Hey folks. How are you? How’s your Wednesday? Well that’s good. I have something for you. Here’s the prologue of my first book, which just came out, which you can get right here. Just a bit more pimping and I’ll stop bothering you about this thing.
Without any further ado:
Earth’s moon is an alien place and it wants to kill you. It’s nothing personal. It’s just that in a world devoid of life, death is the default. Earth’s moon is a dead rock with no atmosphere and no air. But you are there, and you are breathing.
At least you will be for the next two minutes.
You’re running through a vast desert drained of color, dotted with craters and mountains, all covered in a slippery layer of dust. Your planet floats as a mirage out there in the black. It’s full of oxygen you can’t get to. But there’s some air up here that you can get to. A canister of it is nearby. And if your calculations are right you’re about to run right up on it.
The gravity on this dead rock is weak and lazy. About the same as being underwater on Earth. Your suit has a system of small thrusters spread over your joints to make your movements more natural. Even so, you still feel like you’re wading through gelatin.
Movement: forty feet to your right. A blur streaks between two rocks. You realize you’re no longer alone. Bad news. You know there’s only one canister ahead but now there’s two of you. And neither of you are going to feel much like sharing.
You check the red numbers on your wrist meter. One minute, forty seconds.
There’s another glimpse of your competition. Another runner, like you, in a dull gray suit, like yours. The newcomer is probably a guy; there aren’t very many people on the moon and most of them are men. You cut to the right to converge on his path and maybe get the drop on him. There’s no sound up here. It could work. You’re following his trail of scuffed boot prints down a boulder-strewn foothill and as you plant your glove on a rock to vault over it, something whips in from the left and you take a hard tackle.
Black space and gray moon blur together and you cover your face so your helmet won’t crack open on the rocks. The express-train force of the hit carries you ten, twelve, fifteen feet before gravity drags you down again. Your lungs are deflated. You watch the other guy jump away, eating up the rest of the distance to the canister.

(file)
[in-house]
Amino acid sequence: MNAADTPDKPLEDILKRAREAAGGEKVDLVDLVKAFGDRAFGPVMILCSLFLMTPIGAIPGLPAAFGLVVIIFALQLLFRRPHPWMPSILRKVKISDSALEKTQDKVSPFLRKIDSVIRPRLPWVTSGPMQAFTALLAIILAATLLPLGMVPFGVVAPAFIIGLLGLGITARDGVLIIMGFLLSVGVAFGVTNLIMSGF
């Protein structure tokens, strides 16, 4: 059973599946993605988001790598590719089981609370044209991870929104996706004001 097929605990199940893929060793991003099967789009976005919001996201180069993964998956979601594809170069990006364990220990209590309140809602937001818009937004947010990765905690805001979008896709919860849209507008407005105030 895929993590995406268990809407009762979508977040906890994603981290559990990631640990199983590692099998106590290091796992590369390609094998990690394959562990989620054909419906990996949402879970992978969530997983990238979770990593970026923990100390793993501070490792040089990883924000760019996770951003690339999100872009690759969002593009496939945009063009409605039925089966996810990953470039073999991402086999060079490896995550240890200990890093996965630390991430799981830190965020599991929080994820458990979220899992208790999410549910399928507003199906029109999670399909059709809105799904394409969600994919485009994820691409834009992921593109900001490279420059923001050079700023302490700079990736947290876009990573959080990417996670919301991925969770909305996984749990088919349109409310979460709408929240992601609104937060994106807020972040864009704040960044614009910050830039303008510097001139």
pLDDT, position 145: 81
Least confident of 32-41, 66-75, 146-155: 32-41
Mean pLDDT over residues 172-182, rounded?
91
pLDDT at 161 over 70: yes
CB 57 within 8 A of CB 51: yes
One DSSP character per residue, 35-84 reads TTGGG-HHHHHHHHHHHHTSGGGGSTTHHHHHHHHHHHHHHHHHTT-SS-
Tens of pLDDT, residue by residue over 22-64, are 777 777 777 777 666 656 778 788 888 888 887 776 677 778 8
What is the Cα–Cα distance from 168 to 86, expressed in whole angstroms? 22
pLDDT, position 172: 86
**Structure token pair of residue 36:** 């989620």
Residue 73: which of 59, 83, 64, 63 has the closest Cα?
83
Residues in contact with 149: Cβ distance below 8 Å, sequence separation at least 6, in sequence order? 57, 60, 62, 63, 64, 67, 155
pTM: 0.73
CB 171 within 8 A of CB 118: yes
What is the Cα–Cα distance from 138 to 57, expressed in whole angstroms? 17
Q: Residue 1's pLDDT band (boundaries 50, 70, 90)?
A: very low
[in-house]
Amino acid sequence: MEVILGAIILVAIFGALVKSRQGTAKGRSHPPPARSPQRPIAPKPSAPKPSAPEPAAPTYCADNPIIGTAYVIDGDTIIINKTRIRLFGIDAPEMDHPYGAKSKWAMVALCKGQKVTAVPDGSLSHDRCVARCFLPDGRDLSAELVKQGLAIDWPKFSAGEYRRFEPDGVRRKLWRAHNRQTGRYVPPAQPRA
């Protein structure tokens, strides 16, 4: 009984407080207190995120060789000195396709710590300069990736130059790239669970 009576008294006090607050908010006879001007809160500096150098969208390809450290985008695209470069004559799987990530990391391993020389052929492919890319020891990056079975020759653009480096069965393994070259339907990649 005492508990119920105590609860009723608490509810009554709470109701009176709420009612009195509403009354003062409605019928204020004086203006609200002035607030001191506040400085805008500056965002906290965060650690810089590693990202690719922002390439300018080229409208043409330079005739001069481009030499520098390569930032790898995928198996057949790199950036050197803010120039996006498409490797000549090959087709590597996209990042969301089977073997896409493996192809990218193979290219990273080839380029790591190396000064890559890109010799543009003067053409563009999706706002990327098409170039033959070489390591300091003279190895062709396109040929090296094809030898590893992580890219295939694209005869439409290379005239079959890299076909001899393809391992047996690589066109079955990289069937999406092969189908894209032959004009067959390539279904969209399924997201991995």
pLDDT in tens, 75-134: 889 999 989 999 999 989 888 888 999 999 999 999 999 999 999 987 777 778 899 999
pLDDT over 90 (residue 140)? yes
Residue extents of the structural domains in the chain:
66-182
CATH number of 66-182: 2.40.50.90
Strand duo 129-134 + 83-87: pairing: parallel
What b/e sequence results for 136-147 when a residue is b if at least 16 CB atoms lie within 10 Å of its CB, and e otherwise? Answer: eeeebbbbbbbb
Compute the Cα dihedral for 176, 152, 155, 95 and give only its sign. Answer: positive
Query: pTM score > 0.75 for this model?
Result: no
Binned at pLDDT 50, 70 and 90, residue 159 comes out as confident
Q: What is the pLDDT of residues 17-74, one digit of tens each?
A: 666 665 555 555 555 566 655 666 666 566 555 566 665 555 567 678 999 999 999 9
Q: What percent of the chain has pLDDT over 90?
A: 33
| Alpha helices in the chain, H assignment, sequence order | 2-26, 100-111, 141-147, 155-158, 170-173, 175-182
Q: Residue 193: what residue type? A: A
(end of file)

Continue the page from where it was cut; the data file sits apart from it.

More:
Now you’re getting pissed.
You scramble forward, letting yourself slide down the foothill before pushing up and transitioning into a run. You give fast pursuit and get right up behind your prey. You catch the guy’s leg on the backswing and twist it hard. Trying to rip the limb out of its socket. Now you both go down, grappling and jabbing in a dust cloud.
You both get to your feet and he shoves you down the hill. You bounce off a tall rock and come down on your feet. Plant your cleated boots in the soil to reform your stance for round two.
The enemy is back on you. The loose gravity slows your footwork and reaction time. It’s harder to fake him out, so you stay close and use quick strikes from your knees and elbows. The scuffle is oddly detached from sound. You can only hear your own ragged breathing and the crunch of your suit as you move. The enemy pummels your ribs and stomach. Now you’re going into oxygen debt and your vision clouds as your carbon dioxide level spikes.
Disengage, you tell yourself, just fucking run for it.
The enemy grabs a rock and you duck as he shot-puts it at you. It splits apart on the boulder behind you and you come right back up with two fistfuls of dust and toss them underhand into his face. Instinct kicks in and he waves a hand to clear the air. You grab his wrist. Flip the enemy around and slam him down on your bent knee. Then you wind up and drive an elbow into the exposed solar plexus. His limbs spasm and it’s strange not to hear the gasp you expect.
Twenty seconds. You’re off the blocks, hustling downhill again. The canister is small but you know it should have blinking lights on it. But you reach the target area there’s nothing there. No canister, no air.
Hot panic swells in your chest. No, this is wrong. It should be right here. You’re going to be the asshole who just stood around as his oxygen ran dry—
–Wait. Through the fog you see an odd discoloration over there, behind that clutch of rocks to your left. You see the colors red and blue instead of gray. They’re the beacon lights on the canister.
You lunge and dive. Slide though the soil and gather the canister against your chest. You swing it around to your back, pop the empty one out, and swap in the new one. Cool oxygen circulates in your suit again. You drop the dry canister and shiver as you inhale.
Fight, win, repeat. Your name is Tom Hackett, and that is all you really know how to do.
Now a voice comes into your helmet:
“And that’s a canister grab with ten seconds left on the clock. Congratulations, Lieutenant Hackett, you’re our winner.”